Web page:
Something for Sweetie
It’s a little odd that for all the food I cook and post to this blog, D eats about 20% of it on a good week. Some weeks he won’t touch any of it. Before you go thinking that I must surely be a fraud that makes inedible dishes but takes yummy pictures of them to fool you all, let me explain.
Of D’s many wonderful traits, being an adventurous eater is not one of them. In fact, I’d go so far as to say (lovingly!) that he’s a downright picky eater with a very limited portfolio of vegetables he’ll even try, let alone enjoy with abandon. Here’s a little story to prove my point. He wasn’t a fan of carrots, particularly raw, until about two years ago when we drove up to Montreal and on the way I made a bet with him that he couldn’t eat five (or maybe it was 10?) baby carrots before we got there. Bear in mind this was an eight hour drive! The man sat there and scrapped off the teeny-tiniest little slivers of carrot with his teeth for almost the whole eight hours and eventually had won the bet by the time we got to Montreal. While he was gloating, I was snickering on the inside because I’d finally gotten him to eat raw carrots. Wouldn’t you know, after that, he wasn’t so opposed to carrots. No such luck with the bet I made with him at Ruby Tuesday’s to eat just one bite of the tomato slice on top of his veggie burger. I guess you win some and you loose some.
He does adore green beans and mushrooms though. Ironically, I loath mushrooms and prefer yellow beans. But since D’s been under a lot of stress lately, I wanted to make something special just for him. On Sunday, I bought some beautiful mushrooms from Queen’s Farm at the Headhouse Market. Here’s where I have to shamefully admit that I know nothing about mushroom varieties and thus can’t remember what these two are…shiitakes and oyster possibly?? If you know, please leave a comment to that affect.
Our farm is growing some lovely purple beans for the fall. I didn’t have a chance to showcase them earlier in the summer due to the abundance of all the other crops but now that everything’s slowing down, I thought you might enjoy getting a look at them. I generally use them raw in salads since cooking them saps their purple hue. I hadn’t sautéed them yet though and turns out they didn’t turn green where there was no water to leech their color.
Turnips aren’t on D’s list of preferred veggies, but I snuck them in, knowing he’d mistake our mild Hakurei variety for potatoes, which are quite acceptable to his palate. These turnips also make a lovely mash – I’ll show you how to do it sometime soon. Topping off the dish were some chopped chives, which I initially just added for color. I would strongly recommend the chives as their flavor was a welcome pop of freshness among the flavors of the gravy and cooked vegetables.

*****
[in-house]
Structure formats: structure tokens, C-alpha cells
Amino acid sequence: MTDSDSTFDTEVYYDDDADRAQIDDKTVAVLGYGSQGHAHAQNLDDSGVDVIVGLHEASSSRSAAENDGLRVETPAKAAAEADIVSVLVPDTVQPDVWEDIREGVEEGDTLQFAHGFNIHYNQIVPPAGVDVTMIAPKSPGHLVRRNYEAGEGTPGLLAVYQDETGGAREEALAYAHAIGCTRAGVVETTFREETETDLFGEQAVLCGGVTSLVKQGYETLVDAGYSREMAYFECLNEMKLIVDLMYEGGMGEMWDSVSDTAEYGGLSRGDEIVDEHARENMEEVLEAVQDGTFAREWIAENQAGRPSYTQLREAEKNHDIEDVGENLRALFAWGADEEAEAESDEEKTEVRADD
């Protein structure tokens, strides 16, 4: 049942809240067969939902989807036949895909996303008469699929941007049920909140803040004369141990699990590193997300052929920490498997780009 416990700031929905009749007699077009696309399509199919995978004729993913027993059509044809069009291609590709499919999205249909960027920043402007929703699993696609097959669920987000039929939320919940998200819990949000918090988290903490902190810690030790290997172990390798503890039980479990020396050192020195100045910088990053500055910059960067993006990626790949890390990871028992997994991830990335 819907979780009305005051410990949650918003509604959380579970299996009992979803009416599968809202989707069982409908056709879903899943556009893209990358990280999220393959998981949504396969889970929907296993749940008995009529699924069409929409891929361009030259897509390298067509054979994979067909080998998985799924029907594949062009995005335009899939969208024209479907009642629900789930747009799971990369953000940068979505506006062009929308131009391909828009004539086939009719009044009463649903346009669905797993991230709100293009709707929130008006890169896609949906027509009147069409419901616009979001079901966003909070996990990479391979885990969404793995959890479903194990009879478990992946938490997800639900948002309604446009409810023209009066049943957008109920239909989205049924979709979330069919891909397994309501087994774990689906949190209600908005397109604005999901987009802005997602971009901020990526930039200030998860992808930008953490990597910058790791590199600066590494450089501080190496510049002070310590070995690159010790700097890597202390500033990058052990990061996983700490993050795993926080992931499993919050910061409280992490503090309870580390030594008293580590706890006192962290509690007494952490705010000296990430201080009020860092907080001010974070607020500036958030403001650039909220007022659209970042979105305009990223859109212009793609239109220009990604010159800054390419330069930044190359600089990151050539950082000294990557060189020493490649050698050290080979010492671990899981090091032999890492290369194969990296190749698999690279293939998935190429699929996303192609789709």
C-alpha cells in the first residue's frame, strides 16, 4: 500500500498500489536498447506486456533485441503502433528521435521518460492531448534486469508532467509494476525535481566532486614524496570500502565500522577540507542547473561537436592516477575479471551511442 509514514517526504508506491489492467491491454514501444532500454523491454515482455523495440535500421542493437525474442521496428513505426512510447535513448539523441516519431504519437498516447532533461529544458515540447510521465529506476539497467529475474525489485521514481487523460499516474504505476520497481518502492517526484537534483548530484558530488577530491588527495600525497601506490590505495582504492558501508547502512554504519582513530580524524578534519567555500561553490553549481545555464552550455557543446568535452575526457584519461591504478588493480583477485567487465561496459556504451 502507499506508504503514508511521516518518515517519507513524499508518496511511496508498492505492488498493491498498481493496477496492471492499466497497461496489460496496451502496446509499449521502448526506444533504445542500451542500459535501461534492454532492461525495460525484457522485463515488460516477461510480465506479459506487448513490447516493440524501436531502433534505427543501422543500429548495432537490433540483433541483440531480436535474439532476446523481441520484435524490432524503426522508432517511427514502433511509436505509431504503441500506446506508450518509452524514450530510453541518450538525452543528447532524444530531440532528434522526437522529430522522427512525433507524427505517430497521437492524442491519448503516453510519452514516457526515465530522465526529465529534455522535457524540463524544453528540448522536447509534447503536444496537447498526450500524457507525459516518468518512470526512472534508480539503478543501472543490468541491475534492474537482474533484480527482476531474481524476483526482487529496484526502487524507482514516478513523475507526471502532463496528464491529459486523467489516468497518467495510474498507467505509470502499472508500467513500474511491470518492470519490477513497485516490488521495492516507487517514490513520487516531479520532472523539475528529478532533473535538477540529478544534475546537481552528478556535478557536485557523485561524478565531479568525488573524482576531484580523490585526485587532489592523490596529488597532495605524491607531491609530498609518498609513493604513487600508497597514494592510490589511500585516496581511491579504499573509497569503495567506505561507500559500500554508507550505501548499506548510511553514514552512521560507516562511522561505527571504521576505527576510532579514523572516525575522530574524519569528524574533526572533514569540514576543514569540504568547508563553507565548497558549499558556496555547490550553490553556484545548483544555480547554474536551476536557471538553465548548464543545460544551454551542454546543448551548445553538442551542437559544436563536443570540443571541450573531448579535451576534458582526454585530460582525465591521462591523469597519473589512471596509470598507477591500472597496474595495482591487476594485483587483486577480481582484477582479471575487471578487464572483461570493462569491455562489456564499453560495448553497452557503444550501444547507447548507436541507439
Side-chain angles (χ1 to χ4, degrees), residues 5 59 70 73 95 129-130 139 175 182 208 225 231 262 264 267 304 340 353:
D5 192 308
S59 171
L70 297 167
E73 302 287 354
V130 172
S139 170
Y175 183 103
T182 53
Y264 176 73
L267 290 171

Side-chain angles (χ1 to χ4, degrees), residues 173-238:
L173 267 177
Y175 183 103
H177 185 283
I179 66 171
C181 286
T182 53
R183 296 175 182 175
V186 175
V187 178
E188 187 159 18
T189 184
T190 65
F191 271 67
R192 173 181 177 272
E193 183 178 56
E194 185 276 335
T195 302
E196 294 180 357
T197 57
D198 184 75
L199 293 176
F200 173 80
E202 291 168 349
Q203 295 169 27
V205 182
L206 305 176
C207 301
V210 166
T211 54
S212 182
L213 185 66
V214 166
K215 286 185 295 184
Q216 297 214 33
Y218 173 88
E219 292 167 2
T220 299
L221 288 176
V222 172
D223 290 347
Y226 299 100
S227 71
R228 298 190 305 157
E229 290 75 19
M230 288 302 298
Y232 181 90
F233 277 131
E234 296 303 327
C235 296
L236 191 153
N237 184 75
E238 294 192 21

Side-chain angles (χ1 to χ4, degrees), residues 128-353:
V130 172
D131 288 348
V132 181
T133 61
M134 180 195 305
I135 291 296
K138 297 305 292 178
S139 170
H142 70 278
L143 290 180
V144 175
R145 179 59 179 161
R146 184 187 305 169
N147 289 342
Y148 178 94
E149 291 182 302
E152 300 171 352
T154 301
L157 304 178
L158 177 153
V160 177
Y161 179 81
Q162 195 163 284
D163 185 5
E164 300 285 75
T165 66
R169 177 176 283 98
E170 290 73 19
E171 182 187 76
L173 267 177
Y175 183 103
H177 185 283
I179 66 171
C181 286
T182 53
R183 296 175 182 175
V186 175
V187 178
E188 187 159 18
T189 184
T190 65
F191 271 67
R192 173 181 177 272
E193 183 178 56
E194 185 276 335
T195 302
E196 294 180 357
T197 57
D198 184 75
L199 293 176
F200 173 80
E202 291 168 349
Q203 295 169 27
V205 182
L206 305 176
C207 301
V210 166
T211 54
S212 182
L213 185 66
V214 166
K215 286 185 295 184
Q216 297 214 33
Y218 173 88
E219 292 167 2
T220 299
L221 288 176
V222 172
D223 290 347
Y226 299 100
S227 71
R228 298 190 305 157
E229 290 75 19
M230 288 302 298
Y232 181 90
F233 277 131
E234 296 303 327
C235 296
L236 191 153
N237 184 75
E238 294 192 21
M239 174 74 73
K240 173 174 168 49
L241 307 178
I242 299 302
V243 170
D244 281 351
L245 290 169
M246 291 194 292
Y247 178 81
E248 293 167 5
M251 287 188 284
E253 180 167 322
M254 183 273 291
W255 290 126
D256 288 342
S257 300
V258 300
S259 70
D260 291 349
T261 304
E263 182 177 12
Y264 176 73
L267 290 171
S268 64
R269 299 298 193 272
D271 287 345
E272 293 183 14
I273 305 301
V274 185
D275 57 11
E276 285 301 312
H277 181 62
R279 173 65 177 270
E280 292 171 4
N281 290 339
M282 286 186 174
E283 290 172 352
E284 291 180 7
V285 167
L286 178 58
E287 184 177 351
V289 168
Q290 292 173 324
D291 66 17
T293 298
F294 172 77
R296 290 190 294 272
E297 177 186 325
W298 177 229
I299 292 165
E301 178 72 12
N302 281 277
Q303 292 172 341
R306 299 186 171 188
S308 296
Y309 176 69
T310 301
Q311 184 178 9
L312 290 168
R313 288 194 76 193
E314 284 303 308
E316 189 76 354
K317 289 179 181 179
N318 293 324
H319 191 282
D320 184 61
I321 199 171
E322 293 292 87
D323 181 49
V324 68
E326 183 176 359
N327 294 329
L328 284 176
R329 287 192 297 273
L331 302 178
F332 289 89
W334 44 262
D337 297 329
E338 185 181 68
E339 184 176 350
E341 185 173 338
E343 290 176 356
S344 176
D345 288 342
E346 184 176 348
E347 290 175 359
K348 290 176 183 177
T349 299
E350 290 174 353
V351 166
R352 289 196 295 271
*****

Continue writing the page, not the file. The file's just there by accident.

D appreciated my special dish just for him, although he complained considerably about the steam that kept rising from his bowl. Admittedly, when baking potpies in single-serving dishes, they need to be allowed to cool for several minutes before serving since the bowl retains a great deal of heat. While I did try a few, my potpie had plenty of time to cool while I poked around and picked out most of the mushrooms.
String Bean Turnip Mushroom Potpie
Inspired by D’s preferred vegetables and watching Christina Cooks
1 T. olive oil
2 T. butter
4 cloves garlic, minced
½ of a medium onion, diced
2 c. mushrooms (oyster and shiitake work well)
2 c. green or purple beans
2 medium turnips
1 c. shredded real or vegetarian soy chicken
2 c. vegetable broth
1 T. cornstarch
1 T. soy sauce
2 T. water
1 package of pre-rolled pie dough*
salt and pepper to taste
chives to garnish
Begin by cleaning the mushrooms with a slightly damp paper towel. Trim off tough stems before dicing. Set aside. Wash beans and turnips. Snap beans into ½ inch segments and dice the turnips. Set aside.
In a large heavy skillet over medium heat, combine olive oil and butter until melted and bubbly. Add garlic and onion. Sauté for a minute before adding the mushrooms. Season with a little salt and pepper and continue to cook for 2 minutes until mushrooms start to soften.
Add beans and turnips to the skillet and sauté for a minute before adding shredded chicken. Season with salt and pepper and stir well. Add vegetable broth and bring skillet contents to a boil before lowering the heat to simmer for five minutes. Mix cornstarch, soy sauce and water in a small bowl, being sure to dissolve all of the cornstarch. Add to the skillet and stir well. Bring up to a boil again and cook until thickened – about three minutes. Turn off heat.
Preheat oven to 425 F. Spray two oven-safe individual serving bowls or one large baking dish with non-stick spray. Line with rolled-out pie crust and fill with vegetable mixture. Top with more crust and prick lightly with a sharp knife. Place potpie on a baking sheet to guard against spillage and bake for 25 to 30 minutes until crust is golden and sauce is bubbling around the edges.
Allow to sit for five minutes to cool before serving. Garnish with chopped chives.
* I cheated this time around since it was a weeknight and I had a package of pie crust in the freezer. When I make these again, which I will because they were perfect cold-weather food, I’ll use my mom’s method of making biscut dough for the top crust.
(serves 2 to 3)